Heading photographs by Harry Whaite (1912-2011)

 

 

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Beryl Heather
 

St. Helena

Mists On The Mountains

 
In St. Helena you will tread
Volcanic regions long since dead
A soft entrancing vale;
Right in the crater's very heart
Where brimstone fires once took part,
You'll find there runs a trail.
Long shadows dance upon the ground
Where each green hill with sun is crowned,
And trees grow tall and straight
And many birds with trilling song
The branches in the treetops throng,
From early mom till late.
A chain of pools that mark the creek
Where lizards 'neath the cool rocks seek
For food and rest and shade,
And tiny lacy fronds of fern
From side to side so softly turn,
By gentle zephyrs swayed.
Below the ridge this sweet surprise
Is really quite a paradise,
In which you'd love to stay.
Where grassy slopes of lightest green
Present a fair refreshing scene,
And Earth seems far away.
 
Beryl Heather
"Into The Blue"
March 1938
(see Sing With The Wind" 1989)
 
 
 
 
 
'Twas as though I had come to the edge of the world
As I stood looking out into space,
While above and beyond the clouds billowed and
swirled
And completely transformed the whole place,
For the mountains lay hidden behind the thick mist,
And no sign of the vale could I trace.
And the vast panorama of mountains so fair
That I always have seen from Clear Hill
Had quite vanished away, and hung there instead
Misty cloudlets that never were still,
Ever shifting and changing and fading away,
And then rushing the gap to reN1.
And this beautiful scene found its way to my heart
As I watched it before me unfold,
Softest mists in the valleys and mists on the hills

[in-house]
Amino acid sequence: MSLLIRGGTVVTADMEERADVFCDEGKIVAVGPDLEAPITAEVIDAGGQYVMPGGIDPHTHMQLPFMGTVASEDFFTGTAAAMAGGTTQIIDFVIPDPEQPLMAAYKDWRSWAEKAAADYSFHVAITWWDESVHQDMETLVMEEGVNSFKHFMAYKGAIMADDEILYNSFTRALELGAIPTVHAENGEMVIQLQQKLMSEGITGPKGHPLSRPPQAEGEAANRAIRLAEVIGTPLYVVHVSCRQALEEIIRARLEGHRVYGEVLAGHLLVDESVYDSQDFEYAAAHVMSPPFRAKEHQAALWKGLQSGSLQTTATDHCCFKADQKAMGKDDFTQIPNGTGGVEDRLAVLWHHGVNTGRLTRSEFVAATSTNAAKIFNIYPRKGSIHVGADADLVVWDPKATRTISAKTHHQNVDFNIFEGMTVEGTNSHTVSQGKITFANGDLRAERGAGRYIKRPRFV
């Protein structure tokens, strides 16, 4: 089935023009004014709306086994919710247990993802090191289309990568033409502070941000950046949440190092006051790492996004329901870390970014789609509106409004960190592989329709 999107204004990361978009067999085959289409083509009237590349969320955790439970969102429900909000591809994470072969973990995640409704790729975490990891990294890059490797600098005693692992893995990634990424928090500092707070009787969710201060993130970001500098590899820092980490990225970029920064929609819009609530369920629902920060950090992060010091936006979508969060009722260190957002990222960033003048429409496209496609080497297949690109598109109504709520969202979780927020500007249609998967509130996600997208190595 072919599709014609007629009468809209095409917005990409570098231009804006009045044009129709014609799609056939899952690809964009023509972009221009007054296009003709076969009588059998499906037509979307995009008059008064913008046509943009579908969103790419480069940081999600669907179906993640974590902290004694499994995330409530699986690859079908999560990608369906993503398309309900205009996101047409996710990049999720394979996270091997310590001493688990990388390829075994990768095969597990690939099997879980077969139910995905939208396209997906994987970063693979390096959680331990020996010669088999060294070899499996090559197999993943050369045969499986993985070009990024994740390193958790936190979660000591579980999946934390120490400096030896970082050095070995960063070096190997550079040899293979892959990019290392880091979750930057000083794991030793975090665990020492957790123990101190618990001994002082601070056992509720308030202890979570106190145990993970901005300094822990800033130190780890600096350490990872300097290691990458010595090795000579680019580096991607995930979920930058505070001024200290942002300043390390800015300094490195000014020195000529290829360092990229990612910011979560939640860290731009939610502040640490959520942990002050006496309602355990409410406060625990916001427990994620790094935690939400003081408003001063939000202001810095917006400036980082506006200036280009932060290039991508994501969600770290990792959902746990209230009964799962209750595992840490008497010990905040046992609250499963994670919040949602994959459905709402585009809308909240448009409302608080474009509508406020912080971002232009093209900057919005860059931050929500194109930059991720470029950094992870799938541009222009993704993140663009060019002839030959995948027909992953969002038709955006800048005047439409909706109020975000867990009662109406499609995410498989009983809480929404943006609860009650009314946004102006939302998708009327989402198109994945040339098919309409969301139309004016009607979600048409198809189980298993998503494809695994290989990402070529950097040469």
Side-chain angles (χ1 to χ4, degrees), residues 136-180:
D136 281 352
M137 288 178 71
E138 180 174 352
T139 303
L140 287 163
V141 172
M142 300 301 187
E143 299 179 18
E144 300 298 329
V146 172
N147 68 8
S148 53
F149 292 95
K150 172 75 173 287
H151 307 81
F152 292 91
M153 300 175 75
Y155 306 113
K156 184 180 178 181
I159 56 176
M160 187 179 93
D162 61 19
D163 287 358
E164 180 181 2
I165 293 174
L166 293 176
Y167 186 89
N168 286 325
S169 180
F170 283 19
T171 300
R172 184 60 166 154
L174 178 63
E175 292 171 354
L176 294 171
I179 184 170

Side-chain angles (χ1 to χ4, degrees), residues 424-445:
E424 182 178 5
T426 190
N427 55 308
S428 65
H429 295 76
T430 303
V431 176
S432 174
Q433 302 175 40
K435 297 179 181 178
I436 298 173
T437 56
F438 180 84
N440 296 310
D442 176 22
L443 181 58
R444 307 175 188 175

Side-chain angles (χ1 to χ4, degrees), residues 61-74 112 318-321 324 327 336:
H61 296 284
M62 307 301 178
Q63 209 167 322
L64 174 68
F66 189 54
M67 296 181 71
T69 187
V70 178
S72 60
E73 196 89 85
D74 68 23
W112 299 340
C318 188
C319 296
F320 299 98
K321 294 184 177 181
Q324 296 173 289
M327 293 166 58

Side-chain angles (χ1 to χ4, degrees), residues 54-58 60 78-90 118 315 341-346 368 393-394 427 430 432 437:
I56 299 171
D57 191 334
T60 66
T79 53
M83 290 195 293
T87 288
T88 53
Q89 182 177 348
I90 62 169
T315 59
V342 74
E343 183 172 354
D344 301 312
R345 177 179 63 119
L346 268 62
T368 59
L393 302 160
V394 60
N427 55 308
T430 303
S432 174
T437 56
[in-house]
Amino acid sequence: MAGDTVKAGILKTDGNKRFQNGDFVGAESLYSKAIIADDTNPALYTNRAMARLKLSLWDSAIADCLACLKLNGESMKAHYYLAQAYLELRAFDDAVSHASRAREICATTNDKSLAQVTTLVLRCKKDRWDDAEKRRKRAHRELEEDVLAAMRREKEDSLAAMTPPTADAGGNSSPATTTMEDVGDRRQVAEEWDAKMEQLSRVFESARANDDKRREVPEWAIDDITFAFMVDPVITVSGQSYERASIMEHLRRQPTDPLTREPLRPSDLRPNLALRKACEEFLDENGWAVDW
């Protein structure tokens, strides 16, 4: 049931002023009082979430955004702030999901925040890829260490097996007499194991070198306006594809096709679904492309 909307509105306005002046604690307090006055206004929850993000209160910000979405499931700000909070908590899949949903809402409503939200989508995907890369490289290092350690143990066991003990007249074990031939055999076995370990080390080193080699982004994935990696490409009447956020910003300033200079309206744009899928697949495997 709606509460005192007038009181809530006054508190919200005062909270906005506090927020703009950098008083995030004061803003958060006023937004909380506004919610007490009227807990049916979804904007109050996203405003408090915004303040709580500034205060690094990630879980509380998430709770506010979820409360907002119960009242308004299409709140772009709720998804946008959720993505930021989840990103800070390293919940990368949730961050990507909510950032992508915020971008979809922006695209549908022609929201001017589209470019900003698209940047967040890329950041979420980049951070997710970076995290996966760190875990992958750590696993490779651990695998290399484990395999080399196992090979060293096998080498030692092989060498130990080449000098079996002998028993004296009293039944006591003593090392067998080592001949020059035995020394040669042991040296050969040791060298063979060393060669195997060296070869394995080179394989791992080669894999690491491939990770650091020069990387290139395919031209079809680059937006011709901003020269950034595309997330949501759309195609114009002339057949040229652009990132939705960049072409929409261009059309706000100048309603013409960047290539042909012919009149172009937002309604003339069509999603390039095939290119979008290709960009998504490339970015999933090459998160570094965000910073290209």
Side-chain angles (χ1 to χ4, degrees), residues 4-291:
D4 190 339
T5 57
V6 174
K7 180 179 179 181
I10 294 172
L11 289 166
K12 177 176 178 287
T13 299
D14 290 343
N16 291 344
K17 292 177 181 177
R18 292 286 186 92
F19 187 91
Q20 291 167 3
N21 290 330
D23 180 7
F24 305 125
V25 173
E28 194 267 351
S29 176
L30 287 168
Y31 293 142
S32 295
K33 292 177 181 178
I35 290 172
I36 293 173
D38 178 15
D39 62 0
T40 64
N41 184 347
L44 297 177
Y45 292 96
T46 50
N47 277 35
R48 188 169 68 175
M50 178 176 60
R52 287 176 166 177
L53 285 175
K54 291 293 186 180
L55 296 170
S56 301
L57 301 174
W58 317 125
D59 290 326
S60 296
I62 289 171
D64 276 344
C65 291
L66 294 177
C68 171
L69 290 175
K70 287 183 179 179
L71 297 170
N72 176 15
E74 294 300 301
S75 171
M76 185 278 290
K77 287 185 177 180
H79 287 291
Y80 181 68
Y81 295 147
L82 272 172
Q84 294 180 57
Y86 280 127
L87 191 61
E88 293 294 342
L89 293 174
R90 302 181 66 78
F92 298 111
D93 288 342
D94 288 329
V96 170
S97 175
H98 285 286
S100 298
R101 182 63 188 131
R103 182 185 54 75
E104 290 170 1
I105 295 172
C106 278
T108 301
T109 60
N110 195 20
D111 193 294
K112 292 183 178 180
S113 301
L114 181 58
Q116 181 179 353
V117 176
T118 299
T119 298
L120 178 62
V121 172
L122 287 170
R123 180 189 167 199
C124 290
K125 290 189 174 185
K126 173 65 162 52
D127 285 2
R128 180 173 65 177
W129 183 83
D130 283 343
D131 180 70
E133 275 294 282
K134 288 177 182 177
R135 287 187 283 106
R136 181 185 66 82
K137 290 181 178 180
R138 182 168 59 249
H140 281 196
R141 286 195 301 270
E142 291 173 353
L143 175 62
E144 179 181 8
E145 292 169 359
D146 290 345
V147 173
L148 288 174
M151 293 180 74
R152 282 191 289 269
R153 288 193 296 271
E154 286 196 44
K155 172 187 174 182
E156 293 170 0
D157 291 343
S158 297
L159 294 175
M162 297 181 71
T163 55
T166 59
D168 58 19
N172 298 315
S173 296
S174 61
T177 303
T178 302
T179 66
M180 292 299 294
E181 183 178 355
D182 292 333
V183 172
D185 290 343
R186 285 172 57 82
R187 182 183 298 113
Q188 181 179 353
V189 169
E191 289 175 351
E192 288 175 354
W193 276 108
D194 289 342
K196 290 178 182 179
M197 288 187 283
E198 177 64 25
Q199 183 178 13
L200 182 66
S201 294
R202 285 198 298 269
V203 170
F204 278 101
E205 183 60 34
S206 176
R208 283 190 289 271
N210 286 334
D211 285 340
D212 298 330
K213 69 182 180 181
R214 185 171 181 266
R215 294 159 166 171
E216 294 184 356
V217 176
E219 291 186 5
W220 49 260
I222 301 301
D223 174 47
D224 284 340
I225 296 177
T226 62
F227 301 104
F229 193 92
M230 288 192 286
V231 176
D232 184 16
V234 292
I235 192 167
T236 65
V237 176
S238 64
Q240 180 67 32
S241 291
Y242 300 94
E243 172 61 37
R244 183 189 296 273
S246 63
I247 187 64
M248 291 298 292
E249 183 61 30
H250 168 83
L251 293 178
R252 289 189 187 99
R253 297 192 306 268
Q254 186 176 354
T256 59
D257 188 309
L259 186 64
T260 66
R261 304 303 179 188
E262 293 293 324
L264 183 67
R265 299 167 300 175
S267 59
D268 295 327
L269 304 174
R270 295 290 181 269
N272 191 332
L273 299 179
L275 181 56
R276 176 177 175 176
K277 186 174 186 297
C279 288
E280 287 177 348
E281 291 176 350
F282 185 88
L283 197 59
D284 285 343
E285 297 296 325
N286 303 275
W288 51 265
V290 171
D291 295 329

Made a picture I always shall hold,
For I've stored it away in the depths of my heart,
To remember some day when I'm old.
 
Beryl Heather
"Into The Blue"
September 1948
(see "Sing With The Wind" 1989)
 
After The Fire
 
The sky is dull and overcast,
And though the clouds are high
We hope that there will be come rain
For all the creeks are dry.
’Tis six months now since last we heard
The laughter of the rills,
The happy rippling gurgling streams
That trickle down the hills.
 
Right down the vale the fires swept
A week ago to-day,
And now there’s just 8 blackened waste
Where once wall green and grey.
The birds and beasts in terror fled
Before the wall of flame
That hissed and roared relentlessly,
Destroying as it came.
 
The ferns and shrubs and flowers gay
That grew beneath the trees
Were swallowed by the ruthless rush
Of dame swept down the breeze.
And e’en the tallest strongest trees
Are black and badly charred,
For though they’re victors In the fight,
Their boles are burnt and scarred.
 
I felt that it would hurt to see
The bush so desolate,
'Twas just as though a much-loved friend
Had met a dreadful fate.
I thought that I would stay away
Until we'd had some rain,
I'd wait until the flowers grew,
And all be fair again.
 
But came a low insistent call
From hills and valleys bare,
A voice that called for sympathy,
For love in its despair.
It urged me out to weep with it,
The sadness filled my brain,
So how could I desert a friend
That called me to in pain?
 
And do you know that as I walked
Along the track today,
I saw some tiny bright green shoots
Beside the blackened way?
It must have been the dew that fell
Between the eve and morn
That coaxed their heads above the soil
And bade them be reborn
 
Beryl Heather
from "The Bushwalker" Annual 1937